Forest Management as Economic Resilience

Southeastern Illinois Regional Planning and Development Commission

Though wildfires and natural disasters have been making headlines on the West Coast of the United States in recent years, interior forest lands are also at risk of disastrous wildfire incidents that can quickly spiral out of control. Threats to these national forest lands present a clear ecological, as well as economic, risk to communities that derive extensive economic activity and benefits from their local connections to these forest lands.

A Regional Voice and Convener

Southeastern Illinois Regional Planning and Development Commission (SIRPDC) works with five rural counties along the Ohio River to advance economic and community development opportunities in its communities. The region, intertwined with the Shawnee National Forest, is known for its dense forested areas and has become a local and statewide travel destination for outdoor recreation tourism in past years as well as a key site for regional timber production and mineral extraction (see the SIRPDC 2021-2026 CEDS for a regional economic breakdown).  The 2017 U.S. Forest Service report Shawnee National Forest Benefits to People notes that total spending related to tourism in the national forest accounts for $16.8 million in annual spending. Along with sales tax revenue that is generated for local governments from this spending, this outside spending brought in from other regions and states significantly supports local businesses.

Due to the volatile and broad impact of wildfires, regional organizations are well-suited to coordinate emergency response planning, address risks across multiple county and municipal jurisdictions, and support efforts to promote regional and local resiliency. More rural and under resourced areas can be weak points in a regions’ wildfire defense and response strategy. Geographically farther away from emergency management personnel bases with smaller, unpaved roads, and under-resourced and underequipped rural volunteer fire districts, rural areas can be at a higher risk of wildfires spreading out of control.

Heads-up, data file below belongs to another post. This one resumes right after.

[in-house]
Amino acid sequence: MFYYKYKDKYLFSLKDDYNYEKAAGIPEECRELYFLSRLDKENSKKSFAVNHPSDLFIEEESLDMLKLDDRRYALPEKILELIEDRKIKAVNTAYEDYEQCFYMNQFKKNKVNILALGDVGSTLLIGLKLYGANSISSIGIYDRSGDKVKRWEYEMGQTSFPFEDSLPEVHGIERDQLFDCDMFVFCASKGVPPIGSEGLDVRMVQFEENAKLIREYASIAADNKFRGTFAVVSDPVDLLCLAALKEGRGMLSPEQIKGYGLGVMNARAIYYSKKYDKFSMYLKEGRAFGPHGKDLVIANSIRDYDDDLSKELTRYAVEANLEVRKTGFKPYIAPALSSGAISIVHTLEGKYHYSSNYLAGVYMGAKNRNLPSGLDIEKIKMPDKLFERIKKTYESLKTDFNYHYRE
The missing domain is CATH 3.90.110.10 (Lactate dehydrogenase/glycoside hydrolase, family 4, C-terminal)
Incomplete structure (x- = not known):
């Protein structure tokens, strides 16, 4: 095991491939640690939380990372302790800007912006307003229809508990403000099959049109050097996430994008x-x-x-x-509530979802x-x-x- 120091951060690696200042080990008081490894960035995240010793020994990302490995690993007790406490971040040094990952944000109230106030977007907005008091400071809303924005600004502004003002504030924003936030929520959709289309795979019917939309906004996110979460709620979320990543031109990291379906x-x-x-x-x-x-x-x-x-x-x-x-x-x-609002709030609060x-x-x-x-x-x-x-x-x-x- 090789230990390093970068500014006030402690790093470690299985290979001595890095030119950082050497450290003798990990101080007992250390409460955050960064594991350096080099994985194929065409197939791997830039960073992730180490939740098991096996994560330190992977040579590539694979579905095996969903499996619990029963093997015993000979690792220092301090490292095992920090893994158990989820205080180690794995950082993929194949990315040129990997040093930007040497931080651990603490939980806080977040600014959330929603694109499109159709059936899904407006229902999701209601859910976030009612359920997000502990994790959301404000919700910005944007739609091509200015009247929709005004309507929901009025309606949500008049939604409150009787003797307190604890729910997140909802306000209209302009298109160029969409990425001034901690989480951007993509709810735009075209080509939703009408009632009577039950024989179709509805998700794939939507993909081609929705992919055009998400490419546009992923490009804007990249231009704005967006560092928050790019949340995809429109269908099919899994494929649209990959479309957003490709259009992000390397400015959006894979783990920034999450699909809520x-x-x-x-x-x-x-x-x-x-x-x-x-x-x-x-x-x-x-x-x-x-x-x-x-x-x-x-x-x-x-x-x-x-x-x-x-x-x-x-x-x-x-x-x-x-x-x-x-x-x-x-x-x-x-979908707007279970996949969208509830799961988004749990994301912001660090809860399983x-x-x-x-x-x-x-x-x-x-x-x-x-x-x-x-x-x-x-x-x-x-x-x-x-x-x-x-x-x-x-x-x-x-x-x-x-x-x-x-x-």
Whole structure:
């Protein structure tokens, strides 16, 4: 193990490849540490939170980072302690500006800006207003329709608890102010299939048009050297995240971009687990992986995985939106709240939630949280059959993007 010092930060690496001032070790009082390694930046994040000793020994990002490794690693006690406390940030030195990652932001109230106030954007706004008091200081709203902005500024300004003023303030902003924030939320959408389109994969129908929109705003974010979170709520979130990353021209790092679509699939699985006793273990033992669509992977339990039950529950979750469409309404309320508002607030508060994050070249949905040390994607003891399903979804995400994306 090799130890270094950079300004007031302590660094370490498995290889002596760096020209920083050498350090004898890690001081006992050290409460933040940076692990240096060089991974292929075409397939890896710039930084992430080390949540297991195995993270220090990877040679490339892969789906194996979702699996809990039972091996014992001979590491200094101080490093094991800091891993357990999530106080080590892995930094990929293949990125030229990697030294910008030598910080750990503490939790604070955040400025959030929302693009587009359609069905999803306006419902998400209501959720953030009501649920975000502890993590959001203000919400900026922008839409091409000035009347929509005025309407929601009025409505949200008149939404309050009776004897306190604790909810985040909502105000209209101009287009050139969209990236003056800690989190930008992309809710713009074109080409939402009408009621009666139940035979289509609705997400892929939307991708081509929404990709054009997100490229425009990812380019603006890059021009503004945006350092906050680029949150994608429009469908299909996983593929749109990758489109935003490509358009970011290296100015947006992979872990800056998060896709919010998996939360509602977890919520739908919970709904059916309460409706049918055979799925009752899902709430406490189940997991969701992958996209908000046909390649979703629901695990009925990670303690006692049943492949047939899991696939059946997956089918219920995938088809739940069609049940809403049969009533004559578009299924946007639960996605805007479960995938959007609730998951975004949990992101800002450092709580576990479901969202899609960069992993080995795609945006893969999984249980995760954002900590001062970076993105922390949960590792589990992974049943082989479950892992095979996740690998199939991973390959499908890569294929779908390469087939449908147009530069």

In partnership with the Illinois Emergency Management Agency which provided planning funds, the local Shawnee National Forest Supervisors Office and SWCA Environmental Consultants which provided technical expertise, SIRPDC staff aimed to address issues challenging their rural fire districts and developed Community Wildfire Protection Plans for two of its most rural counties: Hardin and Pope. The Shawnee National Forest is a major presence in the region with 24% of Hardin County and 35% of Pope County comprised of federally protected forest land.

Outcomes from the Planning Process

These protection plans came together by synthesizing the strengths, needs, and challenges of the region sourced from local stakeholder input meetings, data analyses of the regions’ geographic and topographic features, and analyses of the local capacity to prevent and respond to wildfire risks. SIRPDC was well-suited for this role due to staff experience conducting the CEDS and other regional planning opportunities. Outlining strategies for hazardous fuel reduction, proactive forest management, and prescribed fires, the plans provide SIRPDC and its partners with a framework for improving and protecting one of the region’s most valuable economic and natural resources. SIRPDC staff and SWCA consultants identified specific community resources related to the outdoor recreation economy in the Shawnee National Forest that were at an outsized risk in the event of a wildfire. These resources included specific campgrounds, cabins, trails, signage, and roads throughout the national forest, all of which would be costly to replace in the event of a wildfire and are vital existing resources to the outdoor recreation economy.

Out of these discussions and deep dives into the data, the region learned that the existing fire districts that cover much of the rural counties were severely lacking in equipment and staff capacity to effectively respond to wildfire risks. As many of these local jurisdictions border federally protected land, a wildfire risk in communities is a wildfire risk to the federal land and to the region as a whole. Building these local capacities, including providing expanded equipment purchasing opportunities and training local fire districts volunteers in wildfire prevention and education, creates regional resiliency from the local level up. Identifying this equipment and training need has started conversations in the region about expanding collaboration and coordination between the U.S. Forestry Service and local fire districts.